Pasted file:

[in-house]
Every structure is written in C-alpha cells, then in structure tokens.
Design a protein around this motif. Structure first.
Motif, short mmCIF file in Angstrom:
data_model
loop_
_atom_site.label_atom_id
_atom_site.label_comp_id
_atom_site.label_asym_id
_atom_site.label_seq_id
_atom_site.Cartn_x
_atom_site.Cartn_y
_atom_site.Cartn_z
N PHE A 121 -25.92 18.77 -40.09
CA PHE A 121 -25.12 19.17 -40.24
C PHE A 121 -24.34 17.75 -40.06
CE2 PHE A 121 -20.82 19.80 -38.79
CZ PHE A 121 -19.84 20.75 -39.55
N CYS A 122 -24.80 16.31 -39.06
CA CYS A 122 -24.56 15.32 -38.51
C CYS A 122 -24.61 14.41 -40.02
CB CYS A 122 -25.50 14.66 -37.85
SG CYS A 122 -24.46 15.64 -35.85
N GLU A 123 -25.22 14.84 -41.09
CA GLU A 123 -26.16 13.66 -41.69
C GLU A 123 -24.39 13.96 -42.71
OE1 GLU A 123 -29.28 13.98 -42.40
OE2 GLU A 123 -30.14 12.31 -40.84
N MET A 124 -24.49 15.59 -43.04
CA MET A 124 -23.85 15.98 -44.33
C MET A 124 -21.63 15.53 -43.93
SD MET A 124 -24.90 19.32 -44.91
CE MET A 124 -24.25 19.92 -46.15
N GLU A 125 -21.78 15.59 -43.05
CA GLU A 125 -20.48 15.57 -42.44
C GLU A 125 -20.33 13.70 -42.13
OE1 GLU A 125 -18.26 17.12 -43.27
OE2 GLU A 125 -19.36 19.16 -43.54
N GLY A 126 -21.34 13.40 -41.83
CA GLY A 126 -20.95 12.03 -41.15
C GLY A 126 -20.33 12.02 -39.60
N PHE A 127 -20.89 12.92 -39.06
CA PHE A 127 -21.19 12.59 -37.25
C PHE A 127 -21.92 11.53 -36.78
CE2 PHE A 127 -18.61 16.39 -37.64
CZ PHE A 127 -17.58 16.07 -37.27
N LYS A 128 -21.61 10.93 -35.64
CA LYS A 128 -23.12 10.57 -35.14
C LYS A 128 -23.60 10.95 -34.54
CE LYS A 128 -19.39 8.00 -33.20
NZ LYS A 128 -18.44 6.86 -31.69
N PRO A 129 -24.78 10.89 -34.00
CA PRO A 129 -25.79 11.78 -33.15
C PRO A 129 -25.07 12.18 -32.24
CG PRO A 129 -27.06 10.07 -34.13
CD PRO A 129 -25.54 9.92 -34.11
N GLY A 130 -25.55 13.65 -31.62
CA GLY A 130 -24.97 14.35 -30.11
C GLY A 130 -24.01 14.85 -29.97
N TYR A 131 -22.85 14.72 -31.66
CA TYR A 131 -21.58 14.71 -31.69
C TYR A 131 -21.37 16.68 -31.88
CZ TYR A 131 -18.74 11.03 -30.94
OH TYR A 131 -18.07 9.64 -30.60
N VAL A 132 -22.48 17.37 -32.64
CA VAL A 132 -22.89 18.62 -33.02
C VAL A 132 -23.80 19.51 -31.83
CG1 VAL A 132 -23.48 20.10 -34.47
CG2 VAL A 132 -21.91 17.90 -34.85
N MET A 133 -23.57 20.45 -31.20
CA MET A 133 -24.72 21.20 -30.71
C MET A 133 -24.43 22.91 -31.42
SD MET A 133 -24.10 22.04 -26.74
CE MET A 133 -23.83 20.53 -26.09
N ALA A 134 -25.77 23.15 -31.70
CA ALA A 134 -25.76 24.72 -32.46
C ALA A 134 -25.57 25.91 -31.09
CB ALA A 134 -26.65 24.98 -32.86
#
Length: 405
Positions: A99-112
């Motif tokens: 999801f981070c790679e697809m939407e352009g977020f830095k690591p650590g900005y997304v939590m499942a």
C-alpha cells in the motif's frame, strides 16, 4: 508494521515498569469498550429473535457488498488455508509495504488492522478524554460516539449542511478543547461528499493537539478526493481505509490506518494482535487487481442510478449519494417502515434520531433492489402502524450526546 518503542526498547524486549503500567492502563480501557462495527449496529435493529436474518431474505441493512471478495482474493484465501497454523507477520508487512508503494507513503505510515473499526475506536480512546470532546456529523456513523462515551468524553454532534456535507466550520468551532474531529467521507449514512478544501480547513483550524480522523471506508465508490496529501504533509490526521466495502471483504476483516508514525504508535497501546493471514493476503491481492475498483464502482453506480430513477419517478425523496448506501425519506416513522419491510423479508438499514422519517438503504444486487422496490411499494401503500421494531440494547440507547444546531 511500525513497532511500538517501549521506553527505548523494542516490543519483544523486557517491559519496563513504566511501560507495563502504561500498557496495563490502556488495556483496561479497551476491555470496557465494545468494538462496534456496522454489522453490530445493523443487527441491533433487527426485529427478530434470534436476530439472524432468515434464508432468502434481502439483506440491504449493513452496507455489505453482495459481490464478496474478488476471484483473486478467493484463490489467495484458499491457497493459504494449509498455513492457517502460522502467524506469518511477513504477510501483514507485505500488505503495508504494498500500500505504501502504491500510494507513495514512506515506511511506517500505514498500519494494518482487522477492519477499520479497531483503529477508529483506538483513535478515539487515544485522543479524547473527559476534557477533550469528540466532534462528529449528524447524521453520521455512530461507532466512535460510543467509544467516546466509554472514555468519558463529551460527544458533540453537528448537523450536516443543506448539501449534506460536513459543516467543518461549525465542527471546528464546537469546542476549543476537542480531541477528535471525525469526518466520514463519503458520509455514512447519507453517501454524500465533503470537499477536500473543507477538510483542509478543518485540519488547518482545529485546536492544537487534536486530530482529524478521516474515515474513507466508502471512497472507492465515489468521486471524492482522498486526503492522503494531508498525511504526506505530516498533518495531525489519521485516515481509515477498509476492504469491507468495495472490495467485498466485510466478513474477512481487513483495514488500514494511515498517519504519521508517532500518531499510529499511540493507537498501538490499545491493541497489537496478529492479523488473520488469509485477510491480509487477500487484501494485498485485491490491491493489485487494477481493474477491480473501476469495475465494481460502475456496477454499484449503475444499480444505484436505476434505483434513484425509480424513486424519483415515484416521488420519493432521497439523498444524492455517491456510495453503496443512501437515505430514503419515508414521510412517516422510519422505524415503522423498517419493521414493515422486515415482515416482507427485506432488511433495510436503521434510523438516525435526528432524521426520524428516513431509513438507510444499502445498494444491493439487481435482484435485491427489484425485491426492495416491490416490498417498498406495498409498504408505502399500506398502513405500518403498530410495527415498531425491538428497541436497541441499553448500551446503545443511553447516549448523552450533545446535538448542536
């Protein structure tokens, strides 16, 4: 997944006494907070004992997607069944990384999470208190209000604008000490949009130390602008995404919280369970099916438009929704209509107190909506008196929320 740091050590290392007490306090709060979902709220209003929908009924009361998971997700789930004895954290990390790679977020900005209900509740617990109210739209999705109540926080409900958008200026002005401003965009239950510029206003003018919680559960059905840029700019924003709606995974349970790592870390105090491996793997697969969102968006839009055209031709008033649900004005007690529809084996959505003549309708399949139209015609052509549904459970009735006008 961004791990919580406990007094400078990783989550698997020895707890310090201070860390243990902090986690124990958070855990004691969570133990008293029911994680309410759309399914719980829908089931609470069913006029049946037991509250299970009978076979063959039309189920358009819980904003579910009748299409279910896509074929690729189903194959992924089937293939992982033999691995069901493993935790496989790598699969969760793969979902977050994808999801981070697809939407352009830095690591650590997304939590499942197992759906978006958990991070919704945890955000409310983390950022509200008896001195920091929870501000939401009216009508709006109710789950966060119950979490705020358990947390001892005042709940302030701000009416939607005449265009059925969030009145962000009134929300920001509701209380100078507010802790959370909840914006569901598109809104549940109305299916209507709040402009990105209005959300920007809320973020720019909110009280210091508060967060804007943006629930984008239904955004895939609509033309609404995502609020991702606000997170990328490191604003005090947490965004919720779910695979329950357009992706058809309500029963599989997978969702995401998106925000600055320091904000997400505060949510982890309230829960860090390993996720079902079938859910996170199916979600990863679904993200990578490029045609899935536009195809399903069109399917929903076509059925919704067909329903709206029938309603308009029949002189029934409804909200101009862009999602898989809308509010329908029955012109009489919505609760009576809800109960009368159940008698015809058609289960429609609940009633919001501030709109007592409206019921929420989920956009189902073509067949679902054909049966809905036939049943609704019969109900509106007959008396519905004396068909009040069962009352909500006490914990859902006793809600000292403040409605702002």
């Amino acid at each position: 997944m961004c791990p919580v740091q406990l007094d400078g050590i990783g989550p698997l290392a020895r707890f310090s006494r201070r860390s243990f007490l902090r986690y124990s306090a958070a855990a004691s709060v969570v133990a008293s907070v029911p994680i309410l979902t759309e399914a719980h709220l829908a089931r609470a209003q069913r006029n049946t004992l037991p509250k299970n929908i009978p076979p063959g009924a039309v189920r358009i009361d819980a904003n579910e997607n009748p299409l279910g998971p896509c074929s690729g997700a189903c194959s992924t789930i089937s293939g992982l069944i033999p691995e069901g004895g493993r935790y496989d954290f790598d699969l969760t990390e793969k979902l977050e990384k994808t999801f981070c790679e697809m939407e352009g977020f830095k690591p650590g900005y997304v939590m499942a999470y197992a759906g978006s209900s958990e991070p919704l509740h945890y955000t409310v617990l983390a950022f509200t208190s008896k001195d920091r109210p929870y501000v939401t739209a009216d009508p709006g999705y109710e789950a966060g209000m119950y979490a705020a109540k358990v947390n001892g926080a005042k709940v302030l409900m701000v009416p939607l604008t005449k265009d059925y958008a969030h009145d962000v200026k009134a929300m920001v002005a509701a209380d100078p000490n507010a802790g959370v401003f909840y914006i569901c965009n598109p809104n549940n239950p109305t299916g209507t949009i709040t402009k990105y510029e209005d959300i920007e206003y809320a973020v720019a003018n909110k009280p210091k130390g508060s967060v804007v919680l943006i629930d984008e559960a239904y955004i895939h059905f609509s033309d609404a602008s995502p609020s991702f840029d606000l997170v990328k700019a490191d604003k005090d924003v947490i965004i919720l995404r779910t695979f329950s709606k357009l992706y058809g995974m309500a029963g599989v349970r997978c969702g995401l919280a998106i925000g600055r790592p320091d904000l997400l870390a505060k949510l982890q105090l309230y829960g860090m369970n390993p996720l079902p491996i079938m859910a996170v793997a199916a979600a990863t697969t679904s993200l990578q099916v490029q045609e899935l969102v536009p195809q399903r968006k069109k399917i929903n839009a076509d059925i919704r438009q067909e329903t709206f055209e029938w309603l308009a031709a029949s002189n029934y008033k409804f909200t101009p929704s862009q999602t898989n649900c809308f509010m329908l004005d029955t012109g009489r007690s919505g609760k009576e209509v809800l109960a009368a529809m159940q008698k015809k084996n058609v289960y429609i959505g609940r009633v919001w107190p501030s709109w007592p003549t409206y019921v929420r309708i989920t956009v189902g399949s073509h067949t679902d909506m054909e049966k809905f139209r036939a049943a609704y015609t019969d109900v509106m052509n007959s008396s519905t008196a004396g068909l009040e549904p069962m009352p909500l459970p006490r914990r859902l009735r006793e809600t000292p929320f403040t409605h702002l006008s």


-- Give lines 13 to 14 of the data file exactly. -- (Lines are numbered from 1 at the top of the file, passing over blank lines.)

_atom_site.Cartn_z
N PHE A 121 -25.92 18.77 -40.09